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Supercomputer to boost Australian astronomy

A simulation of dark matter distribution

A simulation of the spread of dark matter in the universe, produced using a current-generation Swinburne University supercomputer. The new supercomputer will be up to 100 times better.

A multi-million dollar upgrade to Swinburne University’s supercomputer will make it a leading research facility for the Australian astronomy community.

The upgrade, which will receive $1 million from the Federal Government’s Education Investment Fund (EIF) and $2 million from Swinburne, will dramatically increase the speed and capacity of the facility—now known as ‘gSTAR’.

The EIF funding will finance the installation of Graphics Processing Units (GPUs), or ‘extra brains’ for the supercomputer. Originally developed by the computer gaming industry, GPUs are a type of processor designed to perform simple tasks in a massively-parallel way that leads to enormous increases in computational power.

The Swinburne contribution will be used to upgrade the existing Central Processing Units (CPUs) and the mass storage system and pay for a new machine room to host the facility.

According to Swinburne astrophysicist Dr Darren Croton, the installation of the GPUs will boost the supercomputer’s speed between two and 100 times, depending on the application.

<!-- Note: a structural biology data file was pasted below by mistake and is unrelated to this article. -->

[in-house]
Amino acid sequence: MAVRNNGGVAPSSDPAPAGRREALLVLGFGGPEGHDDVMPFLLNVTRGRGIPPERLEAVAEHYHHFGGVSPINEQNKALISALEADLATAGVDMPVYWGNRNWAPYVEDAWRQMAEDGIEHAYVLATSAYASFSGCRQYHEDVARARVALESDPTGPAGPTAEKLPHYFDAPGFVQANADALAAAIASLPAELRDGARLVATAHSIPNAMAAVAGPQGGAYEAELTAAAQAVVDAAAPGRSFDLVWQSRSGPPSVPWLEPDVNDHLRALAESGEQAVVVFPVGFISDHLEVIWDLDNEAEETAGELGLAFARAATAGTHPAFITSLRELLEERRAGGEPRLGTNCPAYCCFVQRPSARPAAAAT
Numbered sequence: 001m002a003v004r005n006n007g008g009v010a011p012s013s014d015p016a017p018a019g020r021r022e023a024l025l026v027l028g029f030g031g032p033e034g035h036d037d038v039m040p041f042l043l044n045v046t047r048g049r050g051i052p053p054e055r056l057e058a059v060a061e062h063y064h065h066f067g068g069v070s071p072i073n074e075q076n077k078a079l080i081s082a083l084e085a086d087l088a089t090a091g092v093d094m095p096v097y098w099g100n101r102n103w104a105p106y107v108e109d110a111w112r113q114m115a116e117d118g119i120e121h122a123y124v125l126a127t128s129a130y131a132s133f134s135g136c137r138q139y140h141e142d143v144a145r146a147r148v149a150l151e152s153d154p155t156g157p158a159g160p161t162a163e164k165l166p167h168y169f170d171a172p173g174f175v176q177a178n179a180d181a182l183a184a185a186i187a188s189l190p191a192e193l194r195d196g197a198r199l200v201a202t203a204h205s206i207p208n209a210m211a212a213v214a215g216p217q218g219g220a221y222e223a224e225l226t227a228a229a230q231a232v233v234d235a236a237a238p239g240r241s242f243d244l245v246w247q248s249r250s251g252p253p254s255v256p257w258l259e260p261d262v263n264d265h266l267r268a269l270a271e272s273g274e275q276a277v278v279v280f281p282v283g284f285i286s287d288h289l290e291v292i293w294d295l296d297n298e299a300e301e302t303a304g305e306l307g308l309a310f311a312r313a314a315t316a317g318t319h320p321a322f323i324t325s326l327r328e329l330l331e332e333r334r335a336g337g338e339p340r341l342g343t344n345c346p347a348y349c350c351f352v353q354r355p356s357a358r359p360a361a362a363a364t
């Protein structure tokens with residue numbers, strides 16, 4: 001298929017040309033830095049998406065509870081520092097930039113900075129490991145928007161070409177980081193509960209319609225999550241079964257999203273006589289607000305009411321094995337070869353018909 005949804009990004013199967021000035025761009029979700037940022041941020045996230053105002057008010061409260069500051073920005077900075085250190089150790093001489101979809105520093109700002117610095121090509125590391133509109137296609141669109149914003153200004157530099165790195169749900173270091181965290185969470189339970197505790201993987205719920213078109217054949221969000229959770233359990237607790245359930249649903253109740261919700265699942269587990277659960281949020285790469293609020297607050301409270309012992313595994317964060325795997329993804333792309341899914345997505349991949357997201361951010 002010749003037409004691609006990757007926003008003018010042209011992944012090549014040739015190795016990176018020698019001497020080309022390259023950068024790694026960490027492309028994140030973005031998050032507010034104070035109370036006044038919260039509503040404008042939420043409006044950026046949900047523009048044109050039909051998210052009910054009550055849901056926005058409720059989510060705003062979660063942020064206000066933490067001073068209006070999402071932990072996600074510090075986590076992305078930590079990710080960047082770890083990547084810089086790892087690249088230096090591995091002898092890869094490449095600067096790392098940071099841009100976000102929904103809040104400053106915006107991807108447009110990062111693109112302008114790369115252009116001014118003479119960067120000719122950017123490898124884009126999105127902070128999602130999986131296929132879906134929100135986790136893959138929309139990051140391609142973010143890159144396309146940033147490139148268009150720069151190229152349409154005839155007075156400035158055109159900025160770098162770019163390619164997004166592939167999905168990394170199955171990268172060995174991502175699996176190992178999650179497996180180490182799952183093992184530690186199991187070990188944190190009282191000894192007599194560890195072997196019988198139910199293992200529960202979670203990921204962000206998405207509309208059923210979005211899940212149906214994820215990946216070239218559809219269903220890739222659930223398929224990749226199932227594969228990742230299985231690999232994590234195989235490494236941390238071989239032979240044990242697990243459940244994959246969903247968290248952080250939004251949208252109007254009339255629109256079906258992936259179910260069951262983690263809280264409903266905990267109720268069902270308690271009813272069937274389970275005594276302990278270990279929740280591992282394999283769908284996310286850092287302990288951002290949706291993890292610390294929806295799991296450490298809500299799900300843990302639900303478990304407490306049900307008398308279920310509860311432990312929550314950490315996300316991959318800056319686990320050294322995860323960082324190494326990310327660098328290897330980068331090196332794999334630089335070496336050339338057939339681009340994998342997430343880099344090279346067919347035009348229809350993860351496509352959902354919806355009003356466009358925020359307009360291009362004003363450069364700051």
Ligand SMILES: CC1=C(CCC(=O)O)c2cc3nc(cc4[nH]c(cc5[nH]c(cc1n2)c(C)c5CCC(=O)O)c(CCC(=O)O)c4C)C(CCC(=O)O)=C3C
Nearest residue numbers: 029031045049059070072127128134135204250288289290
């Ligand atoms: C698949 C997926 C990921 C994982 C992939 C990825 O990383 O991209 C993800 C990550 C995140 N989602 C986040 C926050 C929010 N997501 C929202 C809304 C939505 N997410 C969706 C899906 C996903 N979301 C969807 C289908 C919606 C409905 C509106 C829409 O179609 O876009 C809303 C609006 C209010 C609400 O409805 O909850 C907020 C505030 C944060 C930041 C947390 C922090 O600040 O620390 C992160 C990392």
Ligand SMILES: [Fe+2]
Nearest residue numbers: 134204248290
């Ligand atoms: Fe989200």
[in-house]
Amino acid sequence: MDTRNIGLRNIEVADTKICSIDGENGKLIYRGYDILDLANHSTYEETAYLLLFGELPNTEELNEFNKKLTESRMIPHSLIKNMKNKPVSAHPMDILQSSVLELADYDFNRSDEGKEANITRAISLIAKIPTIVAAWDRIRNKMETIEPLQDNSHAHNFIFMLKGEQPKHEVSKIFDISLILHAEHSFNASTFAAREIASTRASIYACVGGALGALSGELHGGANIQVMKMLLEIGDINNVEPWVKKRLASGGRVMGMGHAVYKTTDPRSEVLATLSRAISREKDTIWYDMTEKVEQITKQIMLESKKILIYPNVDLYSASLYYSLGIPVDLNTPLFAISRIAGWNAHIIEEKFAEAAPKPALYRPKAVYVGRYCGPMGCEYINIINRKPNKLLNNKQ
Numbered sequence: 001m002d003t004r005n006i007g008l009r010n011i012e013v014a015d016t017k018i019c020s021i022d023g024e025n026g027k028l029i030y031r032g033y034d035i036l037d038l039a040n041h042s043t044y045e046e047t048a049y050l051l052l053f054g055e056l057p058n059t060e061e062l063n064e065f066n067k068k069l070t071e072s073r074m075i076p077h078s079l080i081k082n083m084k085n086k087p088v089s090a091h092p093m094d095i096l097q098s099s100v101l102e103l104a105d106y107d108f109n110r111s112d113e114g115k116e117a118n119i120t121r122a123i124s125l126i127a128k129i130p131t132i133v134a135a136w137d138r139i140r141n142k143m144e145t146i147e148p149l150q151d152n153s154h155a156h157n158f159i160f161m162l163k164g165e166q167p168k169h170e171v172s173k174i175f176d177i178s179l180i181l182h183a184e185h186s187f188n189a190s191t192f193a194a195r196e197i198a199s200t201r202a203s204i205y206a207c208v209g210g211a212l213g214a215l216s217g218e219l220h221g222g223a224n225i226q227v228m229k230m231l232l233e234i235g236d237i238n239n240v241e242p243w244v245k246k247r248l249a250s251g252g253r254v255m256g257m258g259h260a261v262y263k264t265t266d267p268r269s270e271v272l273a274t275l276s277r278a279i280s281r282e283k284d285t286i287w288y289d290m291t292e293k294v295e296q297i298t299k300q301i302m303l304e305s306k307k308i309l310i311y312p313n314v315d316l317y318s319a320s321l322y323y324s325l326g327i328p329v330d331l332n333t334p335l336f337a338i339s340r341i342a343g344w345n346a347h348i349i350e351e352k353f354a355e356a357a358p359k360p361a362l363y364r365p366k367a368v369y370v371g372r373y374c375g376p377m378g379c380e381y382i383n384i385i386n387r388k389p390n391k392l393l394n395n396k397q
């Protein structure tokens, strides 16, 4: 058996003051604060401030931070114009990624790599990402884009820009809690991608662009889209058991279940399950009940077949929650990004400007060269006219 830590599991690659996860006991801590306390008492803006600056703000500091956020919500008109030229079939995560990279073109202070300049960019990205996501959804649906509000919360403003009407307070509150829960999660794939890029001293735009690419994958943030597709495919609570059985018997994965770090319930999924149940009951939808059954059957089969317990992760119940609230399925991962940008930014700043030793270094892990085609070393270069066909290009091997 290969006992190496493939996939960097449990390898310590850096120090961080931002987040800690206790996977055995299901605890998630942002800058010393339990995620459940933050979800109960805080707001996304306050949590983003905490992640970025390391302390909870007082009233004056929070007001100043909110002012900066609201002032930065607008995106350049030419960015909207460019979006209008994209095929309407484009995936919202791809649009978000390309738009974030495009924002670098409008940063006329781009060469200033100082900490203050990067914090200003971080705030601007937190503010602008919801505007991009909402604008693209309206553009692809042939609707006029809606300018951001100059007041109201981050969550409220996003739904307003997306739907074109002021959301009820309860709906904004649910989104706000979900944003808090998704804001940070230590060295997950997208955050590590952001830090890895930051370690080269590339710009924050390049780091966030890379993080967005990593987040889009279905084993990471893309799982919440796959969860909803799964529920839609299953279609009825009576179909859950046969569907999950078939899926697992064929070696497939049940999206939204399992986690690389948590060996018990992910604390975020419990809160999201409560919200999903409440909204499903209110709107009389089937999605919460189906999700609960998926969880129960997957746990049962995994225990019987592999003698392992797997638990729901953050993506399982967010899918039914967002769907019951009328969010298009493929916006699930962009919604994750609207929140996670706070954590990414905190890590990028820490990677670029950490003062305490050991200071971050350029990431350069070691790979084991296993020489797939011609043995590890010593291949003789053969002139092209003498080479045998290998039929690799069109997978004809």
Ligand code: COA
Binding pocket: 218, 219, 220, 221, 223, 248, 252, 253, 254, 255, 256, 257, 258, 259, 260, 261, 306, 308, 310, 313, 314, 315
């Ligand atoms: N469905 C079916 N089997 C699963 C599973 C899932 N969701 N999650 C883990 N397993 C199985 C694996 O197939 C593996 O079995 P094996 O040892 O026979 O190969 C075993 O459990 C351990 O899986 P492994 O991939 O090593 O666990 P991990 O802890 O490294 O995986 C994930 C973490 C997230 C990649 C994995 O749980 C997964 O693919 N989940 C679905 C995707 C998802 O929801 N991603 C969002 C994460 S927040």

“This means an astrophysics simulation that would previously have taken three months to complete might only take a single day.

“This huge advance in power gives us the opportunity to tackle problems that are potentially 100 times harder,” he said.

A rack of computer equipment

The new supercomputer will used technology adapted from games computers.

Specially designed for astronomy

While there are other supercomputer facilities in Australia that are also starting to use GPU technology, they cater to a wide range of researchers and interests.

“Because these are general purpose facilities, they have to be set up in a very general way,” Croton said.

“The gSTAR’s power lies in its unique application. It will be optimised for astronomy simulations and data processing, which means it will have the same amount of power as other facilities for about one percent of the cost. That’s bang for your buck.”

Croton said that the university will make the gSTAR a national facility for astronomers across the country.

“We’re making the gSTAR and its predecessor available to astronomers from other universities and research centres.”

“In exchange the National Computational Infrastructure (NCI) National Facility is funding a support person who will provide expertise and guidance to researchers, helping them optimise their code.”

The upgrade, which will see the raw power of the Swinburne supercomputer go from 10 teraflops to 600 teraflops, is expected to be completed early- to mid-next year.

Adapted from information issued by Swinburne University / Image by Dr Gregory Poole, Centre for Astrophysics and Supercomputing, Swinburne University of Technology.